Direct action initiatives are typically organized and implemented by members of the affected community and attempt to win real, immediate, concrete improvements in people's lives. Ideally, direct action organizing empowers individual activists by imparting practical skills and modeling inclusive organizational structures and practices. Direct action usually targets conditions in the social environment which can be improved by changing legislation, regulations, budget priorities, and public systems (i.e., infrastructure, education, transportation, courts, environmental standards/enforcement, etc). There are excellent online and print guides describing the process and techniques of direct action organizing -- see the list at the end of this article for more information.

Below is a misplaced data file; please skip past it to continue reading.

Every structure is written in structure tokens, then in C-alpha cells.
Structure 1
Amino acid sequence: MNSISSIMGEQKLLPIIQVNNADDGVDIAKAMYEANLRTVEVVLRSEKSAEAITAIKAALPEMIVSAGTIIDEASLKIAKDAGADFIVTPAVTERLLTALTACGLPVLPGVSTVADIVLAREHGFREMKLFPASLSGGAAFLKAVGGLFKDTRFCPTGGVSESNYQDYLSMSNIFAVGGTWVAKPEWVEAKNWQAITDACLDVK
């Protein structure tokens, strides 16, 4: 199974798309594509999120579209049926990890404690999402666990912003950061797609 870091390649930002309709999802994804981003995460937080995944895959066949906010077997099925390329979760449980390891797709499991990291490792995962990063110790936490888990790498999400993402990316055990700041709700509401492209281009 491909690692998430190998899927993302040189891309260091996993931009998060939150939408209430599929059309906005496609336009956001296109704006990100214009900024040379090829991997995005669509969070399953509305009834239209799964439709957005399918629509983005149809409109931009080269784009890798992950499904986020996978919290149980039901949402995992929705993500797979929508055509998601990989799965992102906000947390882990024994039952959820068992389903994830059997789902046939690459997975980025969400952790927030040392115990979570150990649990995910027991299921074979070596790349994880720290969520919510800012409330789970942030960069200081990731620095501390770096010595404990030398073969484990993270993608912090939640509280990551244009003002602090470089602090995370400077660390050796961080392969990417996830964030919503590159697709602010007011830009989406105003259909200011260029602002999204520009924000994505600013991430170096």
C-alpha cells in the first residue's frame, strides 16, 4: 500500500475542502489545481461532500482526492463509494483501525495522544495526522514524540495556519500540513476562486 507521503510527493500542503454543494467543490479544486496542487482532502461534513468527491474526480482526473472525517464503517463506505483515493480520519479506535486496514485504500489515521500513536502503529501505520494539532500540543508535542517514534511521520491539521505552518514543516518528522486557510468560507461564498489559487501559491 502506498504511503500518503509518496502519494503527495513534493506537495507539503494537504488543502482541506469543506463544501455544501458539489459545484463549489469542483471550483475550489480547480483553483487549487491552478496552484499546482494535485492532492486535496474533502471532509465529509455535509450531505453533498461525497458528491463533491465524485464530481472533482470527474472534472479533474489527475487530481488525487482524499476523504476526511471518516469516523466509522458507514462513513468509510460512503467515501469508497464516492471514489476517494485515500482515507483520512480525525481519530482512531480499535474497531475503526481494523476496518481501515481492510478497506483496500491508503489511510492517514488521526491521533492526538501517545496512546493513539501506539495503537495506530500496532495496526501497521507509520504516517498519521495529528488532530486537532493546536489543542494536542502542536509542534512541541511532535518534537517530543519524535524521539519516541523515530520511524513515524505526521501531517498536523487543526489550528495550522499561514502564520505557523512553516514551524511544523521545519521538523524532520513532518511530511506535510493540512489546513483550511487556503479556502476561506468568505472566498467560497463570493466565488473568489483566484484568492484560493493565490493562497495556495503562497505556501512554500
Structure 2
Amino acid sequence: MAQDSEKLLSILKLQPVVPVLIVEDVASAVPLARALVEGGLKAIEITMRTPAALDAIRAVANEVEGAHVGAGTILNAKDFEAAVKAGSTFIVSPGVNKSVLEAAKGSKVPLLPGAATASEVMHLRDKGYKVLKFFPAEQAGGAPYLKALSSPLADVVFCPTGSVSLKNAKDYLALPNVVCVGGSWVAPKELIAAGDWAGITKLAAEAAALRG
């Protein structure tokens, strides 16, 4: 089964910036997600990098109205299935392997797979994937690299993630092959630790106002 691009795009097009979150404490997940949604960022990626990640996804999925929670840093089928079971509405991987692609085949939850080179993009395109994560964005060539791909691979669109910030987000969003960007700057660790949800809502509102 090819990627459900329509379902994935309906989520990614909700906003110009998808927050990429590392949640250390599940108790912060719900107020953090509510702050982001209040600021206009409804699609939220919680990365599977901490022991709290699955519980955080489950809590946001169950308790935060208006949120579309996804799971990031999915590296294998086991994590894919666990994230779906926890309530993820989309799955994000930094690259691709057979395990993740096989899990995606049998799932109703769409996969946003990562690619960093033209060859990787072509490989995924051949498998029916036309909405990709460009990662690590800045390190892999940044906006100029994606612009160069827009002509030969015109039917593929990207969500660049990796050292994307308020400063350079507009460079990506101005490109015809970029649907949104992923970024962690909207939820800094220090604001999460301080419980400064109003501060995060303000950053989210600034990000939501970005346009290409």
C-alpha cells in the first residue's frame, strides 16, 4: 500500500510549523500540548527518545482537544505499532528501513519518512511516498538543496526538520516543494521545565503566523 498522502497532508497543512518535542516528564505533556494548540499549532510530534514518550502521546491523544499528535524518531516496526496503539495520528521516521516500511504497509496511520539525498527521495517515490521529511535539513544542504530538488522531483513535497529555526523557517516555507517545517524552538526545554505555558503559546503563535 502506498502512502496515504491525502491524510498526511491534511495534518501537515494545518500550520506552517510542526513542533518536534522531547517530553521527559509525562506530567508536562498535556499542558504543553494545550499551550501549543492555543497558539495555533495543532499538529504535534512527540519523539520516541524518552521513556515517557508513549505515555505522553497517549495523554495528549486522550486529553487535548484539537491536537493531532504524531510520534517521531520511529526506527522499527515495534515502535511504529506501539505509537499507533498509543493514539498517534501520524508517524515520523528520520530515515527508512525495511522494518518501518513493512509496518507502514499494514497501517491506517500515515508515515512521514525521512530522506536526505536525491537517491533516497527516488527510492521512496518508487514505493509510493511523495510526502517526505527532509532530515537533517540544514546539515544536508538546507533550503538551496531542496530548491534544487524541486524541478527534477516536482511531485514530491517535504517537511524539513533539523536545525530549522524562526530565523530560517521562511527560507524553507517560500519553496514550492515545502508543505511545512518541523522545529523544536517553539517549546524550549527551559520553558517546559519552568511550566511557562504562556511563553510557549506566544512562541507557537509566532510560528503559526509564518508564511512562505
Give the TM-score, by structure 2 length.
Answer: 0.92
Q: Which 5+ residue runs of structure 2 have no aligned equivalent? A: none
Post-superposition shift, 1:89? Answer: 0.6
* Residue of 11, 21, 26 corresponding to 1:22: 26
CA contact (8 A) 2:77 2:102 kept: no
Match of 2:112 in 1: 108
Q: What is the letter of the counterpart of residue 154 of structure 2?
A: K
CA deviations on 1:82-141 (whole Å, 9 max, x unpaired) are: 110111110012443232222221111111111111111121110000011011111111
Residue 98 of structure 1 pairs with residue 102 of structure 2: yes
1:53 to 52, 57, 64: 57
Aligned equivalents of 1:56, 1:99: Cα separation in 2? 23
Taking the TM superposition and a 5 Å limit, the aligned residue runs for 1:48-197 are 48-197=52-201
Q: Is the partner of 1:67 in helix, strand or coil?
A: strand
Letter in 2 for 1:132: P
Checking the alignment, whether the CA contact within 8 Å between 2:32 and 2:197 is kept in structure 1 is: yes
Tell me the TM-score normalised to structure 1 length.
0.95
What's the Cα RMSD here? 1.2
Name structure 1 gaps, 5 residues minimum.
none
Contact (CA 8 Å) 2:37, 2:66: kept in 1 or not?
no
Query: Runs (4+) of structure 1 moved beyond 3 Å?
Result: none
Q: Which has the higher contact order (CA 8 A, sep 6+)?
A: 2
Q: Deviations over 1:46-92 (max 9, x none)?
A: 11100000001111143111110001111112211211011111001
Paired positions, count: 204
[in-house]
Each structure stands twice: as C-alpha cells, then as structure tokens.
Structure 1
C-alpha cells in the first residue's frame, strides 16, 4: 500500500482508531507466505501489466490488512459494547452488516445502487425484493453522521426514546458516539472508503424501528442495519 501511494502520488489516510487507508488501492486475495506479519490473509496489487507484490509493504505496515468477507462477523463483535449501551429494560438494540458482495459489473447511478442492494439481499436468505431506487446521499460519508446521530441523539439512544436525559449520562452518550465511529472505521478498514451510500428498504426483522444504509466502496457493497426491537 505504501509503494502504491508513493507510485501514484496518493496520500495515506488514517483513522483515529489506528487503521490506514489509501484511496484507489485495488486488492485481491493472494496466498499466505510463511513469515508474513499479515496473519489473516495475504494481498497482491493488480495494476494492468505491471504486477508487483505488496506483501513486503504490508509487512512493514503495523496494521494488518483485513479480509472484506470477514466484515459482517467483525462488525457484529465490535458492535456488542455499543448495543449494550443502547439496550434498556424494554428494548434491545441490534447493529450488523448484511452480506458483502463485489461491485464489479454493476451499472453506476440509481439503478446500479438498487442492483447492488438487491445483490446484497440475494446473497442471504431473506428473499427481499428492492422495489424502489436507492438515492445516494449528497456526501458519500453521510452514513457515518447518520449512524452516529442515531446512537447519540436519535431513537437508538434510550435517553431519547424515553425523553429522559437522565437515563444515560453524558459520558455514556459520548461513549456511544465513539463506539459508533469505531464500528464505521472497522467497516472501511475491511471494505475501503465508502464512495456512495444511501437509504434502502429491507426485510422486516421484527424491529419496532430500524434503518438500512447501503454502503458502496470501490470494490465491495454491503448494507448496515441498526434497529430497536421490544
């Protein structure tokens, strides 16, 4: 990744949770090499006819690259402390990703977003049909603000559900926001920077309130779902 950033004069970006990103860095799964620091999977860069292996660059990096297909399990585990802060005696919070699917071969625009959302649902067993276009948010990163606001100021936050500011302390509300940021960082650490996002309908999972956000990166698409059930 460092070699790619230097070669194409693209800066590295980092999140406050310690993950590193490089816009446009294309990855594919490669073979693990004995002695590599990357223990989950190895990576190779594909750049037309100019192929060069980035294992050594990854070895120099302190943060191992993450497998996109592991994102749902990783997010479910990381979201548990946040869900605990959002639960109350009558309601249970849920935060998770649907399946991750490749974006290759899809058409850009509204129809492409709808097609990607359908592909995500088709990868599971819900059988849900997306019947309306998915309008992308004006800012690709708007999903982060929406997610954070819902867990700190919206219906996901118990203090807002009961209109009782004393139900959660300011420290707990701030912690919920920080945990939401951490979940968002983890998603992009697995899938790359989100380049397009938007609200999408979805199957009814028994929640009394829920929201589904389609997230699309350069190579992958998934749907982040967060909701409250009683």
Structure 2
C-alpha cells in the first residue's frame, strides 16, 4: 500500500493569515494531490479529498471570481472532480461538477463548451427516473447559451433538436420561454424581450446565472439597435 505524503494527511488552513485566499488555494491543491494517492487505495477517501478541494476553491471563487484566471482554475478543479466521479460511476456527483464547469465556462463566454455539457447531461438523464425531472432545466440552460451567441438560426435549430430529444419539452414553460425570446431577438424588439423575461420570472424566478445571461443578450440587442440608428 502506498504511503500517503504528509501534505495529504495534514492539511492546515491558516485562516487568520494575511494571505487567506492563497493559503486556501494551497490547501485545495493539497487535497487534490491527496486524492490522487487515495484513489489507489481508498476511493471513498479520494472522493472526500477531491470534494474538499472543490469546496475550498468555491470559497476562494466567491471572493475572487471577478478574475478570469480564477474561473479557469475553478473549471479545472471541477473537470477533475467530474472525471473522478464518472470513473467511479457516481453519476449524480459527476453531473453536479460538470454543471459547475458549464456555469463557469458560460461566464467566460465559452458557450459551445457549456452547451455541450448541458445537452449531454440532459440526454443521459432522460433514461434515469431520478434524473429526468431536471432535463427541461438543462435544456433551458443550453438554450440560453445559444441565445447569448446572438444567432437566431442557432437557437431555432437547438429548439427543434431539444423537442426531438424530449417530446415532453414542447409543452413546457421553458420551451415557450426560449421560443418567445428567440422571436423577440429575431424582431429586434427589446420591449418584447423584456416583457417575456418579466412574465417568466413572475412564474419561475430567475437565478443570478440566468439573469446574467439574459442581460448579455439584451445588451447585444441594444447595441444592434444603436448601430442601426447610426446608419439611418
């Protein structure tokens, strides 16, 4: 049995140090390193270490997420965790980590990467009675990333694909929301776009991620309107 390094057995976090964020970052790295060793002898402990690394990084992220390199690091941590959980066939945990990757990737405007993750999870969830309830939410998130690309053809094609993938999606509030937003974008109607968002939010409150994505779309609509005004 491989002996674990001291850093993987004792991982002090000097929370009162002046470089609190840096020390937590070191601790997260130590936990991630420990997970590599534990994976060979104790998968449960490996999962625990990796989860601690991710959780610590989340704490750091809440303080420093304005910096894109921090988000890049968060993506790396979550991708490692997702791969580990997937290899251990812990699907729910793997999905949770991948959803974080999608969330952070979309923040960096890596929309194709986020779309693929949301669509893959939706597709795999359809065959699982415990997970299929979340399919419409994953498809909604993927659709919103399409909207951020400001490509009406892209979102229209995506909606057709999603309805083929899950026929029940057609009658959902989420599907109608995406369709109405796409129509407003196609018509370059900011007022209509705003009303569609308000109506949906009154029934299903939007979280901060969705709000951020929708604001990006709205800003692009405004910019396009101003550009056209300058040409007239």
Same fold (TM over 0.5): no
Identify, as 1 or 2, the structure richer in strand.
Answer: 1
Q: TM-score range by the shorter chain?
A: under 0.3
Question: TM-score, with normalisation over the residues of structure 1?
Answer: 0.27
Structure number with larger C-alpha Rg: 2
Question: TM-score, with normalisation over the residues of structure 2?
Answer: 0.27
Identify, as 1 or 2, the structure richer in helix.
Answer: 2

A word about direct action projects: Although all direct action initiatives seek to win "real, immediate, concrete improvements in people's lives," the meaningful ripple-effect of any direct action win depends on the size of the population whose lives are improved by it, and whether a successful action promotes public health and safety and/or social inclusion, or results in improvements to consumer access and quality of life for some -- but not necessarily all -- people in a community. For example, a popular project among advocates concerned with improving the lives of mothers is pressuring local merchants to install diaper-changing decks in customer restrooms. There's no question that having diaper decks available will improve the quality of life for parents of infants and toddlers who patronize those businesses. But the population served is relatively small: people with very young children who frequent commercial establishments with customer restrooms (usually restaurants, cafes, and entertainment venues). By comparison, a citizen action campaign to replace deteriorating play structures in public parks with equipment that is safe and accessible for children of different ages and abilities can improve public safety and social inclusion -- as well as the quality of life -- for many members of the community. If participating in change work that promotes the common good is important to you, consider dedicating your time and efforts to actions that will improve the social environment for a broad cross-section of the community.